Cause and Effect in European Politics and Law

European Prosecution With No Wings

Adelina Marini, December 4, 2015

You should never count your chickens before they hatch and always measure EU integration by the creation of common institutions. In this sense, the ministers of justice of the EU made one more bad news for the supporters of more Europe. They came closer to an agreement on the proposal for a single European Prosecution's Office (EPPO) after trimming off most of its competences. This led to another series of drama reactions by the European Commission and several states, mainly Italy, who insisted on a strong supranational institution, whose competences are to be even expanded to cover terrorism and organised crime. Most member states, however, hailed the compromising text proposed by the Luxembourg presidency. The public session of the Council on December 3rd showed quite clearly which states prefer to keep their national competences and can thus be named eurosceptics – Austria, Finland, Portugal, Slovakia, Poland, Cyprus, Germany, Slovenia, Lithuania, Latvia, Hungary, Czech Republic, Great Britain, Croatia.

European Justice Commissioner Vĕra Jourová (Czech Republic, ALDE) shared her disappointment and said that the revised rules for the competences of the EPPO are moving in an unwanted direction. She feels the balance has been lost. Once more she urged the ministers to work for a strong, independent, and effective prosecution. There was, however, a feeling of acquiescence in her words. Quite the opposite feeling came from Italy Minister of Justice Andrea Orlando, who once again gave a strong and emotional speech, in which he expressed his disappointment. “I really wonder is this one of those institutes that is being created with a view to strengthening Europe, but actually ends up by weakening Europe”, he said, continuing his monologue from the previous meeting on October 8th. He said quite earnestly that he was not prepared to support something that weakens the role of the European Public Prosecutor's Office (EPPO). He feels that with the reached compromise the new institution will end up in a tug war between national legal systems.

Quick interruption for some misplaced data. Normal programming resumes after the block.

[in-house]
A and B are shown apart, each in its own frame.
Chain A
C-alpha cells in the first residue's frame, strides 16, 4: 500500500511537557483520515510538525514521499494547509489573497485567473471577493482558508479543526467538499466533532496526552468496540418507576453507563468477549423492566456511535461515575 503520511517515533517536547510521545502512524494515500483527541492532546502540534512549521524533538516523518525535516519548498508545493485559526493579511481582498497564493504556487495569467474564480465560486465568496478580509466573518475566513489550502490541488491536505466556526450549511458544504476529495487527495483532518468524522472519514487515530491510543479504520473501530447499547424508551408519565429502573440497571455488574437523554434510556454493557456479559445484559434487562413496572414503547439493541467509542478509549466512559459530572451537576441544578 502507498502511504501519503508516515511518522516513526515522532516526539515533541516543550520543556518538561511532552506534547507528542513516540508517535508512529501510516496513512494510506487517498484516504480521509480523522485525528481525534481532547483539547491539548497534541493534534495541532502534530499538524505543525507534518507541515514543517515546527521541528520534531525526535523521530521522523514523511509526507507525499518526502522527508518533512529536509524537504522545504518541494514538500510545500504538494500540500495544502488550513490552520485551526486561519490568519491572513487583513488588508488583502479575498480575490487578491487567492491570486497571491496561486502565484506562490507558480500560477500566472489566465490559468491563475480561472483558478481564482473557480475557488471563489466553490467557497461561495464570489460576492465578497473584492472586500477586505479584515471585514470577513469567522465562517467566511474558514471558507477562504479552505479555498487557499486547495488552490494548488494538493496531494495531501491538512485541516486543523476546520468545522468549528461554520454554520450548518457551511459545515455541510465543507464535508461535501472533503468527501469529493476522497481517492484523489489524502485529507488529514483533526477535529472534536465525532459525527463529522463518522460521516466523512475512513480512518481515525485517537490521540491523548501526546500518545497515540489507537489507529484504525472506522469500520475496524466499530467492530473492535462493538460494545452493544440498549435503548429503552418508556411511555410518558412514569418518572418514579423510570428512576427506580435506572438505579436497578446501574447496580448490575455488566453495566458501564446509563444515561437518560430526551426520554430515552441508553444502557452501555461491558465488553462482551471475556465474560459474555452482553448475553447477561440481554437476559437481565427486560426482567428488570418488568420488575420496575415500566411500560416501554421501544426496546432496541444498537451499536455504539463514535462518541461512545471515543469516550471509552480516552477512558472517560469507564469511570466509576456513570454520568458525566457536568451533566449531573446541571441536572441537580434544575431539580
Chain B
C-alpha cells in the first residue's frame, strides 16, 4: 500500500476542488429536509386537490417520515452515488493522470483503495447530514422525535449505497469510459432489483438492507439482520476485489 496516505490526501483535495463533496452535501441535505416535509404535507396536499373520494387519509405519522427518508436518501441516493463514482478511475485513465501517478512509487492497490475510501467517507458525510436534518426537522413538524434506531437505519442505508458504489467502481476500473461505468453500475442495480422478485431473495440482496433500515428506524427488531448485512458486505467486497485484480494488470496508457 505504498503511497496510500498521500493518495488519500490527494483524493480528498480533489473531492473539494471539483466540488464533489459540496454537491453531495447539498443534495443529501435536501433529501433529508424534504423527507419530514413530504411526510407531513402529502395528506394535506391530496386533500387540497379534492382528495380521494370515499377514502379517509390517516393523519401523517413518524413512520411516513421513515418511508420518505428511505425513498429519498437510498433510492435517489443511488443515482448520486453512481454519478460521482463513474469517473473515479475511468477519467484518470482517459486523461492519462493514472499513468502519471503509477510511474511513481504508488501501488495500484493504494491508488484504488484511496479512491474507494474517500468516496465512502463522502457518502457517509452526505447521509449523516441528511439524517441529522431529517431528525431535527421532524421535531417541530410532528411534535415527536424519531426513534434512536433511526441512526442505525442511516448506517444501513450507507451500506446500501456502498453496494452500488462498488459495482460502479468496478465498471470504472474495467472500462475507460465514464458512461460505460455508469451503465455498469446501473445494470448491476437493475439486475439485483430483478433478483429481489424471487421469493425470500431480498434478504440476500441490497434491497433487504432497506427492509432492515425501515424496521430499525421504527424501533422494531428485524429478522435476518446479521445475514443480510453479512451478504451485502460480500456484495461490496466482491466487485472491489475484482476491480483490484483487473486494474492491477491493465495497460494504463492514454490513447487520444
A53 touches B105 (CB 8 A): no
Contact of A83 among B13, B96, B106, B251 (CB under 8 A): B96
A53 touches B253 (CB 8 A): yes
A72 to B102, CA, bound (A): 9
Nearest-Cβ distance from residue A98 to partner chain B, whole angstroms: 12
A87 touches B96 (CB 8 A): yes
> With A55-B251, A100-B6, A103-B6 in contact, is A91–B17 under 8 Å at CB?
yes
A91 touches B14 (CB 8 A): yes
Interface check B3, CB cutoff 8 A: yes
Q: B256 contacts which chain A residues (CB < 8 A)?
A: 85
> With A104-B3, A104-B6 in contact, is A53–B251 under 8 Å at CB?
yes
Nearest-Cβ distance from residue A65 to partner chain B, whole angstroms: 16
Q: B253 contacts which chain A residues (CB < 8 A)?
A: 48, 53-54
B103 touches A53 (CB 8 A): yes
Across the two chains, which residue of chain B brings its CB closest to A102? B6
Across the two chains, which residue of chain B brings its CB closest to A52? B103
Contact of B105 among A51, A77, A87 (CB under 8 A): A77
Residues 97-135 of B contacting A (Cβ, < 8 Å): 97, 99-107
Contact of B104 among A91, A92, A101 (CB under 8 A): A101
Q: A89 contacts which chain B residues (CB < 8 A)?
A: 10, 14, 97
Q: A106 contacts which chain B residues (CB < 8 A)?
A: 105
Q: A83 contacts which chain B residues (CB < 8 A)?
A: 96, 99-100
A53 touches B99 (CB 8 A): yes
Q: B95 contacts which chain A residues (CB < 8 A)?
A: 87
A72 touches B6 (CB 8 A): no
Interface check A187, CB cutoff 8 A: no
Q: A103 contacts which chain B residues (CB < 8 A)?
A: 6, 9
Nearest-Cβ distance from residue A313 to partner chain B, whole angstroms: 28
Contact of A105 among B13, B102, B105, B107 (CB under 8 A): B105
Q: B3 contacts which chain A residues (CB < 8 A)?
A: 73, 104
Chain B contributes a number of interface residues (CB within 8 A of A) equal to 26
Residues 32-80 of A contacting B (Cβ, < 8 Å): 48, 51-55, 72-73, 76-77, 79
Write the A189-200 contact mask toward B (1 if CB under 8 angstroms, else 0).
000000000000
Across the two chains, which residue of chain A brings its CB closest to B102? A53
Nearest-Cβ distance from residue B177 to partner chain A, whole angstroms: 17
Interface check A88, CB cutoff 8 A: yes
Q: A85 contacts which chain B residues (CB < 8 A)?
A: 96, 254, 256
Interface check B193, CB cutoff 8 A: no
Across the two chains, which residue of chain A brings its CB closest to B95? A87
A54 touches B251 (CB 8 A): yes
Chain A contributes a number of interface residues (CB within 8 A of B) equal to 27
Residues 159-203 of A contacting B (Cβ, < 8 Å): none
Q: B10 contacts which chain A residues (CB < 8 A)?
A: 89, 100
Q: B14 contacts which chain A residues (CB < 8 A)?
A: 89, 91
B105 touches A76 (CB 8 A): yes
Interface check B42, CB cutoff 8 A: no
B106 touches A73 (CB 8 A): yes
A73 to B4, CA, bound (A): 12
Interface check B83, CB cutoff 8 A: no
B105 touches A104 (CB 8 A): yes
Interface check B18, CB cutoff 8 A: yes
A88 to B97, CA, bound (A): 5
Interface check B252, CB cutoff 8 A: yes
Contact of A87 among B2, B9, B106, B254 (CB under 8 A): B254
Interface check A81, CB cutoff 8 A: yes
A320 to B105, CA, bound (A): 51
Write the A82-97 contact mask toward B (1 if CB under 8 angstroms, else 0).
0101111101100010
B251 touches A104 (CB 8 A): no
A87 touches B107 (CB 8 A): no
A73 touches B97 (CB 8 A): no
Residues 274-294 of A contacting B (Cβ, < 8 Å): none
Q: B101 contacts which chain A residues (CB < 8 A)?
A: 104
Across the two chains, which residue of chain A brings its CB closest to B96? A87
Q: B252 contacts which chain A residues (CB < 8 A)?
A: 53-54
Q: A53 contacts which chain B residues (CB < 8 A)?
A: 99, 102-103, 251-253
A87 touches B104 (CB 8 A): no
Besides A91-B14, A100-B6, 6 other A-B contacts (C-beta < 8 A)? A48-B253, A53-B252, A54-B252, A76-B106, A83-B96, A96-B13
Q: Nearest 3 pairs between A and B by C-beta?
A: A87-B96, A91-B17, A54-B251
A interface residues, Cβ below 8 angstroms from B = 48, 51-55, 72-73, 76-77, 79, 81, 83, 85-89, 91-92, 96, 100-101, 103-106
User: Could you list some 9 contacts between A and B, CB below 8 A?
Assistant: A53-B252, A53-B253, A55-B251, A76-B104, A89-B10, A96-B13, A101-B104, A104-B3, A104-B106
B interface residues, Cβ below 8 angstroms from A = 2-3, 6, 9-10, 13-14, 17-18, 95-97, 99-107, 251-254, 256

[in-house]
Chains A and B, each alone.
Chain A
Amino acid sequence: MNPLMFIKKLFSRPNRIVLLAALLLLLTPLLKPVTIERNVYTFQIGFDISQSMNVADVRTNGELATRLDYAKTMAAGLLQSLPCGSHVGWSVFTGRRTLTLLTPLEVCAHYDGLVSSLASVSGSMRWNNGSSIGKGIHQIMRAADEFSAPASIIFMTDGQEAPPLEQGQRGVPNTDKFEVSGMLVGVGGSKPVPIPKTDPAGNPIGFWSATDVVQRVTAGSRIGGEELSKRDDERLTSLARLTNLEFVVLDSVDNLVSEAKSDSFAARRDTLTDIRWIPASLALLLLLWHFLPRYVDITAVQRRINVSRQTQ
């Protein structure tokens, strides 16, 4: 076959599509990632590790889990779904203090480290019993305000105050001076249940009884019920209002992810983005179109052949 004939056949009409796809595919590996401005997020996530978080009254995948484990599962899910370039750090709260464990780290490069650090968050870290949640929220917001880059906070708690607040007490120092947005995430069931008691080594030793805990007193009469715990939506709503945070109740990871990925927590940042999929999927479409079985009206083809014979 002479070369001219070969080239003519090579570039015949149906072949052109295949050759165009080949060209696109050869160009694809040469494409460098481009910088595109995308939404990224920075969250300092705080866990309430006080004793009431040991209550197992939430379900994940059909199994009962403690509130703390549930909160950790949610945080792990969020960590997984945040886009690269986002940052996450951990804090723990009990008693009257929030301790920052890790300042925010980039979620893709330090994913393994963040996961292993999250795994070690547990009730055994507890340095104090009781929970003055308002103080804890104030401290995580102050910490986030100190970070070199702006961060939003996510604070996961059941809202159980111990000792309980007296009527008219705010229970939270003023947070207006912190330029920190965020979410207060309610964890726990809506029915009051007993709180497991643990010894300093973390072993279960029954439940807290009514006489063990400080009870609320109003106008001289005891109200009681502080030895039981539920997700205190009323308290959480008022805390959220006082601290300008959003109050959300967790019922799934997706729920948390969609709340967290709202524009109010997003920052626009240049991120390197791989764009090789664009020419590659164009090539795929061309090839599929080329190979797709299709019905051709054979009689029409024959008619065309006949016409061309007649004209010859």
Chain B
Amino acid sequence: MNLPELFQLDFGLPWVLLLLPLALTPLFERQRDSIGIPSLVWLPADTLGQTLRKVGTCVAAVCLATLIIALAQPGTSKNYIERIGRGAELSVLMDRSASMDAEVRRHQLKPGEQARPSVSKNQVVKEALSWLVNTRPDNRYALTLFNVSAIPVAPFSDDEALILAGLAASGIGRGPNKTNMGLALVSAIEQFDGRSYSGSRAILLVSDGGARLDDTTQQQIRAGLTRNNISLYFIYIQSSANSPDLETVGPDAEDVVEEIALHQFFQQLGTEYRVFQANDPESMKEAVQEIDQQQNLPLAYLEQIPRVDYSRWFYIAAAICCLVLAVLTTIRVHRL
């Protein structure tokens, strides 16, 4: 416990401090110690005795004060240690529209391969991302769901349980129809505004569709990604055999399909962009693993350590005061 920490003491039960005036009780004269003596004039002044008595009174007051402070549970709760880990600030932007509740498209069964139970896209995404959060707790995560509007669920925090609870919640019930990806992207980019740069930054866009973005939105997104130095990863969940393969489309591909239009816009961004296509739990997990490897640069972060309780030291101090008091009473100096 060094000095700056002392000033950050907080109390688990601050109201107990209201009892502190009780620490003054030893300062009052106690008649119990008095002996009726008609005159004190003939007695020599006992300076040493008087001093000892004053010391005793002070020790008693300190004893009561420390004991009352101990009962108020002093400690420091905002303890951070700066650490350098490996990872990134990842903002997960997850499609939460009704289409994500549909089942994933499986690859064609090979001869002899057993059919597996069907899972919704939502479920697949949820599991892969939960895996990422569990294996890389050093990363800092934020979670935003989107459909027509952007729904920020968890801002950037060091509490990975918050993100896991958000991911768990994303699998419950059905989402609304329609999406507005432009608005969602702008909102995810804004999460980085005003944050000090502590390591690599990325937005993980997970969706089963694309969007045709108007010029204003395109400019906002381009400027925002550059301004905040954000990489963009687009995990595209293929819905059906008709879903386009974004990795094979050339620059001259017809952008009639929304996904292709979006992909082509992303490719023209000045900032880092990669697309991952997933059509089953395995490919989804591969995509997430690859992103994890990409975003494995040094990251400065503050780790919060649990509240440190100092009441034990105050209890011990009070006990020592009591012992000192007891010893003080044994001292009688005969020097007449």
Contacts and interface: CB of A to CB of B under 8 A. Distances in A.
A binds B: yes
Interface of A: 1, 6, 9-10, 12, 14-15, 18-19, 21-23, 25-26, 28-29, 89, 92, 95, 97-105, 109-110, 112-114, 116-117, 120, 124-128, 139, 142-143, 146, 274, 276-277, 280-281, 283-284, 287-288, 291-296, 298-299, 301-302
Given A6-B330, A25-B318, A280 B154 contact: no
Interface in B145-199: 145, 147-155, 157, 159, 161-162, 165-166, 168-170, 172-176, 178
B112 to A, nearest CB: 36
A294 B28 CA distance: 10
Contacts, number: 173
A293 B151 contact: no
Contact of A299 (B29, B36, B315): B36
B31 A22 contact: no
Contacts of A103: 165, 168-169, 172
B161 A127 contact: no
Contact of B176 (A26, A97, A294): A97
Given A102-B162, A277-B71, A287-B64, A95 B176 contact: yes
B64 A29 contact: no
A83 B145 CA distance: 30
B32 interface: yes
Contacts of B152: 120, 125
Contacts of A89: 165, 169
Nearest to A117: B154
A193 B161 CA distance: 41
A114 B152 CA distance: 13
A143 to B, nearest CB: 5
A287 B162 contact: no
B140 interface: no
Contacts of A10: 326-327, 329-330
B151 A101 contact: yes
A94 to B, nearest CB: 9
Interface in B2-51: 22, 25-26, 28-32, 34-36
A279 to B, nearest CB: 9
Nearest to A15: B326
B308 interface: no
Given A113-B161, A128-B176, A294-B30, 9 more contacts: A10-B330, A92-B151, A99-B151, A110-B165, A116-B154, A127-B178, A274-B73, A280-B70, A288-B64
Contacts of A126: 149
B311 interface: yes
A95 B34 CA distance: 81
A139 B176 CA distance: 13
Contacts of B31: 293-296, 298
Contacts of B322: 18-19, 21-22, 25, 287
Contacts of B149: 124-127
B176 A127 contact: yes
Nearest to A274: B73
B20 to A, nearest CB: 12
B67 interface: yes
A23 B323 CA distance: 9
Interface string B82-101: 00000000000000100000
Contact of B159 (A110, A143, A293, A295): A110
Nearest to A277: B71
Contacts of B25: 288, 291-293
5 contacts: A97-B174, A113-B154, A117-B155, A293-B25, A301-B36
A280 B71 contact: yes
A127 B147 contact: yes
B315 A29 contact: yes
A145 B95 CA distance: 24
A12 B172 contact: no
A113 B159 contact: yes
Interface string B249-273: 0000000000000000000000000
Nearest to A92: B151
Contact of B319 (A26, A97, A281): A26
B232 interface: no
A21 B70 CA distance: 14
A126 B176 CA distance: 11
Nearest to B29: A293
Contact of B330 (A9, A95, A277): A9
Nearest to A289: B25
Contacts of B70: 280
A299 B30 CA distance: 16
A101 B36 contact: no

He expressed confidence that if a weak EPPO were agreed on, this would undermine any future attempts to strengthen it. “We're surrounded by all sorts of challenges in the world today and with all these challenges ahead of us we shouldn’t back away from ambitious solutions”, he said and finished with the words that Italy is not happy with the proposal that was put on the table on December 3rd. French Minister of Justice Christiane Taubira agreed with her Italian colleague and reminded that France had been insisting from day one on a strong EPPO, which could investigate organised crime as well. She said that in today’s context it is important that terrorism be included in its competences as well. Despite her criticism, however, she said that France would in the end support the proposal with the hope that further on there will be a possibility for consolidation of the Prosecutor’s Office. 

Spain was also critical but willing to back the compromise with the argument that this is probably the least bad of all possible texts under the current circumstances. According to Carmen Sánchez-Cortés Martín, State Secretary of Justice, the Council is headed to a much less ambitious solution, which is more and more national. “National authorities now can stifle EPPO by not offering it enough information even in cases which are very much in national competence. Their wings are being clipped”. Despite declared willingness to back the proposal, Spain has decided to wait and see “what other clippings will happen” and then will decide whether to participate at all in such a weak institution.